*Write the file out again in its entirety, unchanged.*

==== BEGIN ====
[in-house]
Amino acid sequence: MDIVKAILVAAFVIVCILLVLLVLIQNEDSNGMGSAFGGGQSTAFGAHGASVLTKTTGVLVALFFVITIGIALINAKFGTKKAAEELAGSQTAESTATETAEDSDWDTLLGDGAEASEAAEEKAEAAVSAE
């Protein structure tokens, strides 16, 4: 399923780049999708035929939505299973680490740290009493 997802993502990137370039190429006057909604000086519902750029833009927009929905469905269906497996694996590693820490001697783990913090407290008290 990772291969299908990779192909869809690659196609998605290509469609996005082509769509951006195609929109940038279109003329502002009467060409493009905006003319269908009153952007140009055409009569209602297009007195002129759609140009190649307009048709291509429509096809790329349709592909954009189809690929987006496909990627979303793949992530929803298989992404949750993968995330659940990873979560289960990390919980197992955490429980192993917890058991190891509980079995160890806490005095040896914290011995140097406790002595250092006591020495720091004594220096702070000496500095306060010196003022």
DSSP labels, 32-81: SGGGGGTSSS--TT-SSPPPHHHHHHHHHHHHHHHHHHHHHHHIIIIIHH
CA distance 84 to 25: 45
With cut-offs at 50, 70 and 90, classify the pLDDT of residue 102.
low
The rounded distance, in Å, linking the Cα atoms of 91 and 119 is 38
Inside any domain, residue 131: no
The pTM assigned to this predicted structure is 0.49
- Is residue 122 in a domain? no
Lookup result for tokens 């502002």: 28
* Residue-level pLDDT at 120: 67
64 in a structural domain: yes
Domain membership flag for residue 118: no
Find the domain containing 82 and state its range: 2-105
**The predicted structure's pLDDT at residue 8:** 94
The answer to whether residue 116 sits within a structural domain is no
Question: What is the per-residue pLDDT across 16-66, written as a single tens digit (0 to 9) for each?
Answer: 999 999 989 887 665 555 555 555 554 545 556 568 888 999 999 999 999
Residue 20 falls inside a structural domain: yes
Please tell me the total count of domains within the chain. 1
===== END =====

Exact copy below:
[in-house]
Amino acid sequence: MDIVKAILVAAFVIVCILLVLLVLIQNEDSNGMGSAFGGGQSTAFGAHGASVLTKTTGVLVALFFVITIGIALINAKFGTKKAAEELAGSQTAESTATETAEDSDWDTLLGDGAEASEAAEEKAEAAVSAE
């Protein structure tokens, strides 16, 4: 399923780049999708035929939505299973680490740290009493 997802993502990137370039190429006057909604000086519902750029833009927009929905469905269906497996694996590693820490001697783990913090407290008290 990772291969299908990779192909869809690659196609998605290509469609996005082509769509951006195609929109940038279109003329502002009467060409493009905006003319269908009153952007140009055409009569209602297009007195002129759609140009190649307009048709291509429509096809790329349709592909954009189809690929987006496909990627979303793949992530929803298989992404949750993968995330659940990873979560289960990390919980197992955490429980192993917890058991190891509980079995160890806490005095040896914290011995140097406790002595250092006591020495720091004594220096702070000496500095306060010196003022």
DSSP labels, 32-81: SGGGGGTSSS--TT-SSPPPHHHHHHHHHHHHHHHHHHHHHHHIIIIIHH
CA distance 84 to 25: 45
With cut-offs at 50, 70 and 90, classify the pLDDT of residue 102.
low
The rounded distance, in Å, linking the Cα atoms of 91 and 119 is 38
Inside any domain, residue 131: no
The pTM assigned to this predicted structure is 0.49
- Is residue 122 in a domain? no
Lookup result for tokens 């502002």: 28
* Residue-level pLDDT at 120: 67
64 in a structural domain: yes
Domain membership flag for residue 118: no
Find the domain containing 82 and state its range: 2-105
**The predicted structure's pLDDT at residue 8:** 94
The answer to whether residue 116 sits within a structural domain is no
Question: What is the per-residue pLDDT across 16-66, written as a single tens digit (0 to 9) for each?
Answer: 999 999 989 887 665 555 555 555 554 545 556 568 888 999 999 999 999
Residue 20 falls inside a structural domain: yes
Please tell me the total count of domains within the chain. 1